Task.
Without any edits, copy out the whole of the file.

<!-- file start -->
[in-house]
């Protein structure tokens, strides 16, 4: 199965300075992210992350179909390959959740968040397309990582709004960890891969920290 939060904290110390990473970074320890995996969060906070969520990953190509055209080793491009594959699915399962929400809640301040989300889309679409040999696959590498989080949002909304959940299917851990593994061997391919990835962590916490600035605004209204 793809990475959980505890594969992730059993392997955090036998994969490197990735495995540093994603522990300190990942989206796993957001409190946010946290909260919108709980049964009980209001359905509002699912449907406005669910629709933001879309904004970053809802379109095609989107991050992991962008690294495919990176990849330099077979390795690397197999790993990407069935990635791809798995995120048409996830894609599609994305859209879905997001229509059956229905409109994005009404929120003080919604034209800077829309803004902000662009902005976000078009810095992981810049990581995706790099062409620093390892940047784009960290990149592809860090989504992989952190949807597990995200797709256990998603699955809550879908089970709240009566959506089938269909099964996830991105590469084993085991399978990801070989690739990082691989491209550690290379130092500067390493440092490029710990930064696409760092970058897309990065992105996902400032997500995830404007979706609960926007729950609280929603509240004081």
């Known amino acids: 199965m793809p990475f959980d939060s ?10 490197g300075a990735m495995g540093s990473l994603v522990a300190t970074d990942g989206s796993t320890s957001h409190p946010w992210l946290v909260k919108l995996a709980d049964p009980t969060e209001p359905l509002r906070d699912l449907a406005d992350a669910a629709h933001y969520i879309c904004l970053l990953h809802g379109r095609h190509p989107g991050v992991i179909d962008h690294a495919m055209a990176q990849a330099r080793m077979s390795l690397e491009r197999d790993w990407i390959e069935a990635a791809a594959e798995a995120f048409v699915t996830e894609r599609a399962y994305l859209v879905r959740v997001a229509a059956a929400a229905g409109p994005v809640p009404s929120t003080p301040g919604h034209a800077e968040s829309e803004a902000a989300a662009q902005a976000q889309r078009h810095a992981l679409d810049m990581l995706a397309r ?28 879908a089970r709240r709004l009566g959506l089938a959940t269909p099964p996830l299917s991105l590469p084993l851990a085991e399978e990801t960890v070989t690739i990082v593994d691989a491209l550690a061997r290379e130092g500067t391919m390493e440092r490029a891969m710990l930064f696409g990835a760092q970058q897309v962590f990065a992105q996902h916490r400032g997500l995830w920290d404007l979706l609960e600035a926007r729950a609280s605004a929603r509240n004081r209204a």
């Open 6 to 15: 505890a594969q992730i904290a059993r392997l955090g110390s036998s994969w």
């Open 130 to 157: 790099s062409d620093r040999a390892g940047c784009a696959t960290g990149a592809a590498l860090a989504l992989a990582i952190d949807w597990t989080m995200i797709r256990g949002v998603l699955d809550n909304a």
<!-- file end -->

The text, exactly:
[in-house]
């Protein structure tokens, strides 16, 4: 199965300075992210992350179909390959959740968040397309990582709004960890891969920290 939060904290110390990473970074320890995996969060906070969520990953190509055209080793491009594959699915399962929400809640301040989300889309679409040999696959590498989080949002909304959940299917851990593994061997391919990835962590916490600035605004209204 793809990475959980505890594969992730059993392997955090036998994969490197990735495995540093994603522990300190990942989206796993957001409190946010946290909260919108709980049964009980209001359905509002699912449907406005669910629709933001879309904004970053809802379109095609989107991050992991962008690294495919990176990849330099077979390795690397197999790993990407069935990635791809798995995120048409996830894609599609994305859209879905997001229509059956229905409109994005009404929120003080919604034209800077829309803004902000662009902005976000078009810095992981810049990581995706790099062409620093390892940047784009960290990149592809860090989504992989952190949807597990995200797709256990998603699955809550879908089970709240009566959506089938269909099964996830991105590469084993085991399978990801070989690739990082691989491209550690290379130092500067390493440092490029710990930064696409760092970058897309990065992105996902400032997500995830404007979706609960926007729950609280929603509240004081």
């Known amino acids: 199965m793809p990475f959980d939060s ?10 490197g300075a990735m495995g540093s990473l994603v522990a300190t970074d990942g989206s796993t320890s957001h409190p946010w992210l946290v909260k919108l995996a709980d049964p009980t969060e209001p359905l509002r906070d699912l449907a406005d992350a669910a629709h933001y969520i879309c904004l970053l990953h809802g379109r095609h190509p989107g991050v992991i179909d962008h690294a495919m055209a990176q990849a330099r080793m077979s390795l690397e491009r197999d790993w990407i390959e069935a990635a791809a594959e798995a995120f048409v699915t996830e894609r599609a399962y994305l859209v879905r959740v997001a229509a059956a929400a229905g409109p994005v809640p009404s929120t003080p301040g919604h034209a800077e968040s829309e803004a902000a989300a662009q902005a976000q889309r078009h810095a992981l679409d810049m990581l995706a397309r ?28 879908a089970r709240r709004l009566g959506l089938a959940t269909p099964p996830l299917s991105l590469p084993l851990a085991e399978e990801t960890v070989t690739i990082v593994d691989a491209l550690a061997r290379e130092g500067t391919m390493e440092r490029a891969m710990l930064f696409g990835a760092q970058q897309v962590f990065a992105q996902h916490r400032g997500l995830w920290d404007l979706l609960e600035a926007r729950a609280s605004a929603r509240n004081r209204a």
């Open 6 to 15: 505890a594969q992730i904290a059993r392997l955090g110390s036998s994969w």
């Open 130 to 157: 790099s062409d620093r040999a390892g940047c784009a696959t960290g990149a592809a590498l860090a989504l992989a990582i952190d949807w597990t989080m995200i797709r256990g949002v998603l699955d809550n909304a």